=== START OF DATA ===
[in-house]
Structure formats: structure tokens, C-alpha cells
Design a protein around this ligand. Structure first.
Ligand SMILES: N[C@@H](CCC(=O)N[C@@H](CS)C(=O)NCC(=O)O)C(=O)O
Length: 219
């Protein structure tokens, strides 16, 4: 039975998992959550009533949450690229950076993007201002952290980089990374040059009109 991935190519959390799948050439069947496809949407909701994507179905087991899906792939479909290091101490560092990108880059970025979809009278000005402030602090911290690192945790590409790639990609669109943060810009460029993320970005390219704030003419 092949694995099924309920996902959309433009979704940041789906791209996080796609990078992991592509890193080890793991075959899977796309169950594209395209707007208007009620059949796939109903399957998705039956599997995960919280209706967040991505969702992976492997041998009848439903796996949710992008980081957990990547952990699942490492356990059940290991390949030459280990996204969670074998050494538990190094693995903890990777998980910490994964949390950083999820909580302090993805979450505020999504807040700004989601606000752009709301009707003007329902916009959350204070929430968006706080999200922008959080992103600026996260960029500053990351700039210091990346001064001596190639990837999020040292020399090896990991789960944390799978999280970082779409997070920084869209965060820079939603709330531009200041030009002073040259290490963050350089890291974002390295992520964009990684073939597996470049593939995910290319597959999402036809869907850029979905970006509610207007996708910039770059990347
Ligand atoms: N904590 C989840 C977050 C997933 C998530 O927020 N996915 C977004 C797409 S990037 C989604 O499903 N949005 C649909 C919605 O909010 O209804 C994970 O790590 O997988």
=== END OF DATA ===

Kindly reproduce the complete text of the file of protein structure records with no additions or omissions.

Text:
[in-house]
Structure formats: structure tokens, C-alpha cells
Design a protein around this ligand. Structure first.
Ligand SMILES: N[C@@H](CCC(=O)N[C@@H](CS)C(=O)NCC(=O)O)C(=O)O
Length: 219
């Protein structure tokens, strides 16, 4: 039975998992959550009533949450690229950076993007201002952290980089990374040059009109 991935190519959390799948050439069947496809949407909701994507179905087991899906792939479909290091101490560092990108880059970025979809009278000005402030602090911290690192945790590409790639990609669109943060810009460029993320970005390219704030003419 092949694995099924309920996902959309433009979704940041789906791209996080796609990078992991592509890193080890793991075959899977796309169950594209395209707007208007009620059949796939109903399957998705039956599997995960919280209706967040991505969702992976492997041998009848439903796996949710992008980081957990990547952990699942490492356990059940290991390949030459280990996204969670074998050494538990190094693995903890990777998980910490994964949390950083999820909580302090993805979450505020999504807040700004989601606000752009709301009707003007329902916009959350204070929430968006706080999200922008959080992103600026996260960029500053990351700039210091990346001064001596190639990837999020040292020399090896990991789960944390799978999280970082779409997070920084869209965060820079939603709330531009200041030009002073040259290490963050350089890291974002390295992520964009990684073939597996470049593939995910290319597959999402036809869907850029979905970006509610207007996708910039770059990347
Ligand atoms: N904590 C989840 C977050 C997933 C998530 O927020 N996915 C977004 C797409 S990037 C989604 O499903 N949005 C649909 C919605 O909010 O209804 C994970 O790590 O997988």